A less bothersome snow was invented for ‘It’s a Wonderful Life’, made up of water, soap and a fire-fighting chemical called Foamite. It was pumped through a wind machine and instantly became a much more popular snow effect for films, much to the utter joy and relief of cornflakes all across the globe.
Rudolph the Rednose Reindeer
Rudolph, the most famous of Santa’s reindeer came to life as part of an ad campaign. He first appeared in a in a story written in 1939 by ad copywriter Robert L. May. It was published in a Montgomery Ward department store booklet and distributed to children who were visiting the store. The rights to the story were owned by Montgomery Ward so May received no royalties after it became a success. It was only when May was almost bankrupt that he regained the rights to the piece. Rudolph soon became an even bigger success when May and his brother-in-law Johnny Marks set the story to music.
Recently Norwegian scientists have hypothesized that Rudolph’s red nose is probably the result of a parasitic infection of his respiratory system.
Oh, how festive!
Little Red Rooster
Some Bolivians celebrate Misa del Gallo or “Mass of the Rooster” on Christmas Eve. People sometimes bring roosters to midnight mass to symbolise the belief that a rooster was the first animal to announce the birth of Jesus. While, in Poland, spiders or spider webs are common Christmas tree decorations because according to legend, a spider wove a blanket for Baby Jesus. In fact, Polish people consider spiders to be symbols of goodness and prosperity at Christmas.
But please, and I can’t stress this enough, please, please, please remember that a spider is not just for Christmas.
Little Red Riding Hood
Quentin Crisp, an English actor and writer who starred in a number of films including Red Ribbons and Little Red Riding hood has strong ties with Christmas. Not only was he born on Christmas day in 1908 but he was also the first person to give the alternative speech on Channel 4 in 1993.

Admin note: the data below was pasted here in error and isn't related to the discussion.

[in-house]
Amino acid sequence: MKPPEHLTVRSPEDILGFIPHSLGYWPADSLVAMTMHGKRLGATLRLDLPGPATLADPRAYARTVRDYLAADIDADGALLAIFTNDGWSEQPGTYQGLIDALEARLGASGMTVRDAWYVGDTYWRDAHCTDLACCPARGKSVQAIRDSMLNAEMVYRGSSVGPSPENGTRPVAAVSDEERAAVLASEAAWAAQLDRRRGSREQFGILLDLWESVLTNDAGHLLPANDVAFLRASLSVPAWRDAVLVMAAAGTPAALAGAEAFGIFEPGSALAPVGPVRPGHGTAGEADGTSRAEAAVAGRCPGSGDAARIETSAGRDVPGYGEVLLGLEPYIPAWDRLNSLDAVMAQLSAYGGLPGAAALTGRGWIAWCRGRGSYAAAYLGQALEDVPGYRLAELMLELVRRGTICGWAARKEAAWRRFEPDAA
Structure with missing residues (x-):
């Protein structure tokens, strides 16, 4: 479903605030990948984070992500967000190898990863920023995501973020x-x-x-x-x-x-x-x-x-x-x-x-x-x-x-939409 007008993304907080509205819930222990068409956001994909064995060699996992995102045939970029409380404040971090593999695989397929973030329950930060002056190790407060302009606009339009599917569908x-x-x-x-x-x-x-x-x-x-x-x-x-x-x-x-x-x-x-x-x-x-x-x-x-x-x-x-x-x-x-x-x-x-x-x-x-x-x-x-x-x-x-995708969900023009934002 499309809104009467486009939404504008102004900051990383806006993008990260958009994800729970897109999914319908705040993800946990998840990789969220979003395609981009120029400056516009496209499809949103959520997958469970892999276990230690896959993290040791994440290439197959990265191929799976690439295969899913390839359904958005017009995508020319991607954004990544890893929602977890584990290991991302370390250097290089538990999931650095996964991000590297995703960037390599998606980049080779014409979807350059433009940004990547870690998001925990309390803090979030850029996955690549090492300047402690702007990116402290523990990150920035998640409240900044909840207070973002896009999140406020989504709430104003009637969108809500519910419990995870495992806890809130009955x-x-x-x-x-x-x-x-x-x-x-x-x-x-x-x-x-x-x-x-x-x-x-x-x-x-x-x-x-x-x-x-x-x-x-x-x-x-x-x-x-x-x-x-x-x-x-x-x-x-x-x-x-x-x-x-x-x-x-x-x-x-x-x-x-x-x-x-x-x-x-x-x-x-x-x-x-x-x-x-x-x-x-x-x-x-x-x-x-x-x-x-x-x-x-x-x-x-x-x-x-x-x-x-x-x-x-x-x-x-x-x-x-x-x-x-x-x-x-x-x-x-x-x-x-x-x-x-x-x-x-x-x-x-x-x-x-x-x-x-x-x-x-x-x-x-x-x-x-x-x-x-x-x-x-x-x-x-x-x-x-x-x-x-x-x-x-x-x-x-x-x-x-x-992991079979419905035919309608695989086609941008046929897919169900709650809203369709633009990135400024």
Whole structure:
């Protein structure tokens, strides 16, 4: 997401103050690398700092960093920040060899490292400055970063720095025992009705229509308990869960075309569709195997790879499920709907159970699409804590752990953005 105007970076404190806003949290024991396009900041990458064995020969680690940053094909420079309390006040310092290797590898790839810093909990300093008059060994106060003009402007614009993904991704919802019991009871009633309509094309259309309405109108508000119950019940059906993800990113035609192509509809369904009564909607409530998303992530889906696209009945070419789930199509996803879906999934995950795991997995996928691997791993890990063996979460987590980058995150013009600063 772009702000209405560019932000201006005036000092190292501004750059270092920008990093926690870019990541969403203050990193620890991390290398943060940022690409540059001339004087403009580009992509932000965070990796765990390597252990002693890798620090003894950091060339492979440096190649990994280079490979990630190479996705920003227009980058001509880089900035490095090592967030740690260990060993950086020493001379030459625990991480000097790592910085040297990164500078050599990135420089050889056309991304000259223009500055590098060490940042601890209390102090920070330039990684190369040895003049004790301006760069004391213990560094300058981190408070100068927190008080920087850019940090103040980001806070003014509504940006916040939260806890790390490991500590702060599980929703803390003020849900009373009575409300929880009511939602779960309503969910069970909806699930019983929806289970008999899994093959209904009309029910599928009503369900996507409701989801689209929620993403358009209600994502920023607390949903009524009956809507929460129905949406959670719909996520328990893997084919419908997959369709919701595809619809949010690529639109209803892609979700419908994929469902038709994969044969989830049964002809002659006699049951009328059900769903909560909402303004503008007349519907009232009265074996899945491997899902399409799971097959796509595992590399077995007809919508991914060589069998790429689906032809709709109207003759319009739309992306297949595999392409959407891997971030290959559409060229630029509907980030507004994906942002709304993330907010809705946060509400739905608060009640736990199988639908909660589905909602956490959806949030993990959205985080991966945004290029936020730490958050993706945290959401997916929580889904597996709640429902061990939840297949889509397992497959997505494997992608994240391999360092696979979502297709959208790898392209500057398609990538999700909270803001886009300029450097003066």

In his early twenties Crisp decided to devote his life to “making the existence of homosexuality abundantly clear to the world’s aborigines”. He cross-dressed and acted intensely effeminate in public, often at great risk to himself. In London he worked as a prostitute, book illustrator and finally as a paid nude model in government-supported art schools. A dramatization of his autobiography ‘The Naked Civil Servant’ stared John Hurt who he claimed was his ‘representative here on Earth’.
A Child as Red as Blood and as White as Snow
From a writer born on Christmas day to a writer who died on Christmas day, 1851 – Wilhelm Grimm. He was the younger of the Brothers Grimm, the famous collectors and publishers of many fairy tales. It was four days before Christmas in 1812 when they presented the first volume of Grimm’s Fairy Tales which included Little Red Cap, Snow White & Rose Red, as well as many others. Ever since, despite the fact that the original tales were often cruel, violent and bloody, editions of their tales have been very popular around Christmas time.
I’ve plucked the following extract from The Juniper Tree, a story which begins with the image of vibrant red blood on white snow…
“My mother she killed me,
My father he ate me,
My sister, little Marlinchen,
Gathered together all my bones,
Tied them in a silken handkerchief,
Laid them beneath the juniper-tree,
Kywitt, kywitt, what a beautiful bird am I!”
So with that cheery passage, I’d just like to say, for those who celebrate it
– Happy Christmas
And for those who don’t
– Happy Holidays
And for those on the fence
–Happy – 4th century assigned birthday of Jesus Christ & birthday of Isaac Newton but also the time of the more ancient polytheistic festivals that occurred near the southern solstice – Day’.